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What is the difference between these declarations in Java, if there are any?

    private int a = 1, b=2, c=3, d=4;
    private int a = 1; private int b = 2; private int c = 3; private int d = 4;

Should I favor any? Why?

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closed as not constructive by PearsonArtPhoto, Yogendra Singh, minitech, Bohemian, Greg Hewgill Nov 20 '12 at 4:34

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"Should I favour any? Why?": My answer: Neither. All variables should be declared on their own line. The extra white space doesn't cost anything and makes reading and understanding the code much easier. –  Hovercraft Full Of Eels Nov 20 '12 at 3:04
The second one is longer. No, you shouldn't favour either, because a) class-level, single-letter variable names are usually bad, b) the second one is too long for one line and c) the first one doesn't have consistent spacing. :) –  minitech Nov 20 '12 at 3:06

2 Answers 2

Technically speaking, there is no difference between the two. The first method looks cleaner in my opinion and I use it personally. The second option takes up more space but is easier for beginning programmers to differentiate between variable. The bottom line is to use whichever makes the most sense to you. There's no point in using a convention that seems backwards to you just because other people use it too.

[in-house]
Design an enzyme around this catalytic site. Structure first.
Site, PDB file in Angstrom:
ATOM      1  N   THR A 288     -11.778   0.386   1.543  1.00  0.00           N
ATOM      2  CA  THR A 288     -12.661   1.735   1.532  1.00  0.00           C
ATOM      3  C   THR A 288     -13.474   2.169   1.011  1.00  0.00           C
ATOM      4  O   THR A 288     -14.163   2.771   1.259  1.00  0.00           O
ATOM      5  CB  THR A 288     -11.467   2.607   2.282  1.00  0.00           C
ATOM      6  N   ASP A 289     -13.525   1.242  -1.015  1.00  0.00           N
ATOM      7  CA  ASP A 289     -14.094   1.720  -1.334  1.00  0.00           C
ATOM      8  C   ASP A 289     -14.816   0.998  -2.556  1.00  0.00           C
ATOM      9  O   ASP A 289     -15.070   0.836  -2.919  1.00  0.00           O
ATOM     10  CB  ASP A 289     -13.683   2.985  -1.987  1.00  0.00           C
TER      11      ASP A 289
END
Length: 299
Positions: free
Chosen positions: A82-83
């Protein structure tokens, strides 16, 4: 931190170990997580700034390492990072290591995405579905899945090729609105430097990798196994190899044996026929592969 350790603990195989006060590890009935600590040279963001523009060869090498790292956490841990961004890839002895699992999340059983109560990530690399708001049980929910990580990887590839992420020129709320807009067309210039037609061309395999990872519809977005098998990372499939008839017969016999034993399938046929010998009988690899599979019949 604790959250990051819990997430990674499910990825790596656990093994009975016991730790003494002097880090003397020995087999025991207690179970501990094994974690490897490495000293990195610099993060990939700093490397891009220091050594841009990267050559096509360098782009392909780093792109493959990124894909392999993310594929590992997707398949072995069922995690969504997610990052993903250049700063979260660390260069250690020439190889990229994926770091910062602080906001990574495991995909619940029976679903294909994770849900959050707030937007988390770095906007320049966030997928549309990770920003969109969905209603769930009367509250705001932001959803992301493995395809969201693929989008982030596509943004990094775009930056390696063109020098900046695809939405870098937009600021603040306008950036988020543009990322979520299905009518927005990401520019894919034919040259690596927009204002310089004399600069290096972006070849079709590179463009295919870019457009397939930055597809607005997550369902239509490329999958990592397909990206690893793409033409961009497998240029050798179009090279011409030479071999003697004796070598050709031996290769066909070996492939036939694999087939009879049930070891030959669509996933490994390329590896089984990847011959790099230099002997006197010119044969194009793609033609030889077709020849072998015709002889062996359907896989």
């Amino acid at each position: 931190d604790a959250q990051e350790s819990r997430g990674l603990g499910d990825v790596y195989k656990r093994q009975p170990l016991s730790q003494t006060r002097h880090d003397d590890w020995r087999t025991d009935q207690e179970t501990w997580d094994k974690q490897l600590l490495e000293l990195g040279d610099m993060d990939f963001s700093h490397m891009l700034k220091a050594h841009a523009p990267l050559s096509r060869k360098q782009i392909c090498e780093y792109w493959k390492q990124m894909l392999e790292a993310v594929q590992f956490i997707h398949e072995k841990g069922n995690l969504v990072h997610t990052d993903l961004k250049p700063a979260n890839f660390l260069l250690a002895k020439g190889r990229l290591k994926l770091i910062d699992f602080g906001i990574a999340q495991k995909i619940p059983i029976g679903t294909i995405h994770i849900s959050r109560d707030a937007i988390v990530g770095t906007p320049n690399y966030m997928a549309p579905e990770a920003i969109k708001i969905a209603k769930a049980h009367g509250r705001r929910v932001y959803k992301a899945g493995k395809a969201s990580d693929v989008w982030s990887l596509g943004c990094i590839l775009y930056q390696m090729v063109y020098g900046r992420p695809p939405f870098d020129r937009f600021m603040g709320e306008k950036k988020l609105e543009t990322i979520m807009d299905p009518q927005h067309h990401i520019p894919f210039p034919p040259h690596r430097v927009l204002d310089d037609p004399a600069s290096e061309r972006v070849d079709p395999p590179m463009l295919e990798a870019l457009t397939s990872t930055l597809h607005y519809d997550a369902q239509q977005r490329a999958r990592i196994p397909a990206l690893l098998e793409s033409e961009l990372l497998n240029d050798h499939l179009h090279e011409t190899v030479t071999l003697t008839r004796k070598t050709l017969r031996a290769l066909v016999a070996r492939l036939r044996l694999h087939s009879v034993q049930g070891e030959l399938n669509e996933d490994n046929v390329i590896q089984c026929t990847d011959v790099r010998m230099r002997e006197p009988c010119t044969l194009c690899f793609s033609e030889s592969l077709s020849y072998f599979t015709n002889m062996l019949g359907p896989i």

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You must come from C. No one uses option 1 in real life –  Bohemian Nov 20 '12 at 3:07
Technically speaking I did start in C, but I use it all the time in Java. I find it useful when I have 25+ variables of the same type, such as JButtons etc... –  Jordan Giacone Nov 20 '12 at 3:10
I've seen 1000's of classes and never seen it used –  Bohemian Nov 20 '12 at 3:24

No difference at all. It's a matter of personal taste and readability.

For instance, I prefer:

private int a = 1; 
private int b = 2; 
private int c = 3; 
private int d = 4;
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